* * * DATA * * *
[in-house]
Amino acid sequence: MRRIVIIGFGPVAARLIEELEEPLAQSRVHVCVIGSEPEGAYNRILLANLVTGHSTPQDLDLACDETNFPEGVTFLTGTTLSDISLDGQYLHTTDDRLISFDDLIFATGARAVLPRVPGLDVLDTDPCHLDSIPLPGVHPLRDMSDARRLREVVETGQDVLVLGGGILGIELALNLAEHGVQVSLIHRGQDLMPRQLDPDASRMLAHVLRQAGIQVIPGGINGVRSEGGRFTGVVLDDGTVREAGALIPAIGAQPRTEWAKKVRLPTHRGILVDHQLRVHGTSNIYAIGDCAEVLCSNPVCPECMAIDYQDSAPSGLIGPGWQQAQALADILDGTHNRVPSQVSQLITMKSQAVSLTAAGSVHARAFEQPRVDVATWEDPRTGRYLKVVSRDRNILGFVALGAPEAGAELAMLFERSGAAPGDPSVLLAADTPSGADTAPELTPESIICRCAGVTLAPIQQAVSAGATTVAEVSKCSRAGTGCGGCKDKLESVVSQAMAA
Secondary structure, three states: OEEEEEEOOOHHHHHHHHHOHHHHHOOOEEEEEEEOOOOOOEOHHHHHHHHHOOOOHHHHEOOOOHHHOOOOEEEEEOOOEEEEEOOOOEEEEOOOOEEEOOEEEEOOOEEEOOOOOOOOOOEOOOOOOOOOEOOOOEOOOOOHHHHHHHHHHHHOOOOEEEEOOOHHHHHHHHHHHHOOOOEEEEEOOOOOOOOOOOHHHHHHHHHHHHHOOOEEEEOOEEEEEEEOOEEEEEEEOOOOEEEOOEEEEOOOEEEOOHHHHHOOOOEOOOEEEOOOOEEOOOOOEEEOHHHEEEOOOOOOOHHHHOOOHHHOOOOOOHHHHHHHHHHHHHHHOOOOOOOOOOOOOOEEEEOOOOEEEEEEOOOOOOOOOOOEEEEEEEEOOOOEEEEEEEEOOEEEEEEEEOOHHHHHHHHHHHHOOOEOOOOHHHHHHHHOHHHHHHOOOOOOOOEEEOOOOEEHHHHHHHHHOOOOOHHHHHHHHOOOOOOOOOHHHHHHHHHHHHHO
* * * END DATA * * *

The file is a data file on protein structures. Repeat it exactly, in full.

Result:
[in-house]
Amino acid sequence: MRRIVIIGFGPVAARLIEELEEPLAQSRVHVCVIGSEPEGAYNRILLANLVTGHSTPQDLDLACDETNFPEGVTFLTGTTLSDISLDGQYLHTTDDRLISFDDLIFATGARAVLPRVPGLDVLDTDPCHLDSIPLPGVHPLRDMSDARRLREVVETGQDVLVLGGGILGIELALNLAEHGVQVSLIHRGQDLMPRQLDPDASRMLAHVLRQAGIQVIPGGINGVRSEGGRFTGVVLDDGTVREAGALIPAIGAQPRTEWAKKVRLPTHRGILVDHQLRVHGTSNIYAIGDCAEVLCSNPVCPECMAIDYQDSAPSGLIGPGWQQAQALADILDGTHNRVPSQVSQLITMKSQAVSLTAAGSVHARAFEQPRVDVATWEDPRTGRYLKVVSRDRNILGFVALGAPEAGAELAMLFERSGAAPGDPSVLLAADTPSGADTAPELTPESIICRCAGVTLAPIQQAVSAGATTVAEVSKCSRAGTGCGGCKDKLESVVSQAMAA
Secondary structure, three states: OEEEEEEOOOHHHHHHHHHOHHHHHOOOEEEEEEEOOOOOOEOHHHHHHHHHOOOOHHHHEOOOOHHHOOOOEEEEEOOOEEEEEOOOOEEEEOOOOEEEOOEEEEOOOEEEOOOOOOOOOOEOOOOOOOOOEOOOOEOOOOOHHHHHHHHHHHHOOOOEEEEOOOHHHHHHHHHHHHOOOOEEEEEOOOOOOOOOOOHHHHHHHHHHHHHOOOEEEEOOEEEEEEEOOEEEEEEEOOOOEEEOOEEEEOOOEEEOOHHHHHOOOOEOOOEEEOOOOEEOOOOOEEEOHHHEEEOOOOOOOHHHHOOOHHHOOOOOOHHHHHHHHHHHHHHHOOOOOOOOOOOOOOEEEEOOOOEEEEEEOOOOOOOOOOOEEEEEEEEOOOOEEEEEEEEOOEEEEEEEEOOHHHHHHHHHHHHOOOEOOOOHHHHHHHHOHHHHHHOOOOOOOOEEEOOOOEEHHHHHHHHHOOOOOHHHHHHHHOOOOOOOOOHHHHHHHHHHHHHO